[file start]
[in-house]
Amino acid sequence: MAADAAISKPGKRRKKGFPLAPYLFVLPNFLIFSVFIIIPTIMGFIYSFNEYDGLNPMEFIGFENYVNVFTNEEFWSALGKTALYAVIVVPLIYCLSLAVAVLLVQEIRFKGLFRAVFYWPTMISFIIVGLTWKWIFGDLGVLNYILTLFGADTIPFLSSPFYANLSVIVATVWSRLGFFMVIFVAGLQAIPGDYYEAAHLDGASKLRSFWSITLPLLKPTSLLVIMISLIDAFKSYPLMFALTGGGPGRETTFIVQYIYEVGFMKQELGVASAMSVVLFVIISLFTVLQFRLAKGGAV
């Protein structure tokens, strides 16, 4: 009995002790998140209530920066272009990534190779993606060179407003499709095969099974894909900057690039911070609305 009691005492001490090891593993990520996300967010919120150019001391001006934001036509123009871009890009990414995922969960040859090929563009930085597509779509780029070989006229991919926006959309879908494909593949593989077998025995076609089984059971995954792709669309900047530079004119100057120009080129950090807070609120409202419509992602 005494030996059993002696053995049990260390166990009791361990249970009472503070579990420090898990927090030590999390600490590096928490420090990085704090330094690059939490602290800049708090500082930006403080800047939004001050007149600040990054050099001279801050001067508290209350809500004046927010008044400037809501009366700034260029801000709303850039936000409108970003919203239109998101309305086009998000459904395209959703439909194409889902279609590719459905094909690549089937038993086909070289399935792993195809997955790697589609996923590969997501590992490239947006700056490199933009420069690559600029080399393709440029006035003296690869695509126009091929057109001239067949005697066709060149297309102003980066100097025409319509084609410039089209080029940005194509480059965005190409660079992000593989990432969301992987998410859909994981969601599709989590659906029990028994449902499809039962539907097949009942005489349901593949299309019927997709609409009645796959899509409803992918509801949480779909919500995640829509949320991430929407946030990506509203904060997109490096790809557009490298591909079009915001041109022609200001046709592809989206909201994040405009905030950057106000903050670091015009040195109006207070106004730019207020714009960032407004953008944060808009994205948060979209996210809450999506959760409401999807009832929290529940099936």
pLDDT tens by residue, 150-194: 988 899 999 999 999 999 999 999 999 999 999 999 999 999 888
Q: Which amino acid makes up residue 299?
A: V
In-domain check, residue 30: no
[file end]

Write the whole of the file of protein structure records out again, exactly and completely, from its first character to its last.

[in-house]
Amino acid sequence: MAADAAISKPGKRRKKGFPLAPYLFVLPNFLIFSVFIIIPTIMGFIYSFNEYDGLNPMEFIGFENYVNVFTNEEFWSALGKTALYAVIVVPLIYCLSLAVAVLLVQEIRFKGLFRAVFYWPTMISFIIVGLTWKWIFGDLGVLNYILTLFGADTIPFLSSPFYANLSVIVATVWSRLGFFMVIFVAGLQAIPGDYYEAAHLDGASKLRSFWSITLPLLKPTSLLVIMISLIDAFKSYPLMFALTGGGPGRETTFIVQYIYEVGFMKQELGVASAMSVVLFVIISLFTVLQFRLAKGGAV
């Protein structure tokens, strides 16, 4: 009995002790998140209530920066272009990534190779993606060179407003499709095969099974894909900057690039911070609305 009691005492001490090891593993990520996300967010919120150019001391001006934001036509123009871009890009990414995922969960040859090929563009930085597509779509780029070989006229991919926006959309879908494909593949593989077998025995076609089984059971995954792709669309900047530079004119100057120009080129950090807070609120409202419509992602 005494030996059993002696053995049990260390166990009791361990249970009472503070579990420090898990927090030590999390600490590096928490420090990085704090330094690059939490602290800049708090500082930006403080800047939004001050007149600040990054050099001279801050001067508290209350809500004046927010008044400037809501009366700034260029801000709303850039936000409108970003919203239109998101309305086009998000459904395209959703439909194409889902279609590719459905094909690549089937038993086909070289399935792993195809997955790697589609996923590969997501590992490239947006700056490199933009420069690559600029080399393709440029006035003296690869695509126009091929057109001239067949005697066709060149297309102003980066100097025409319509084609410039089209080029940005194509480059965005190409660079992000593989990432969301992987998410859909994981969601599709989590659906029990028994449902499809039962539907097949009942005489349901593949299309019927997709609409009645796959899509409803992918509801949480779909919500995640829509949320991430929407946030990506509203904060997109490096790809557009490298591909079009915001041109022609200001046709592809989206909201994040405009905030950057106000903050670091015009040195109006207070106004730019207020714009960032407004953008944060808009994205948060979209996210809450999506959760409401999807009832929290529940099936």
pLDDT tens by residue, 150-194: 988 899 999 999 999 999 999 999 999 999 999 999 999 999 888
Q: Which amino acid makes up residue 299?
A: V
In-domain check, residue 30: no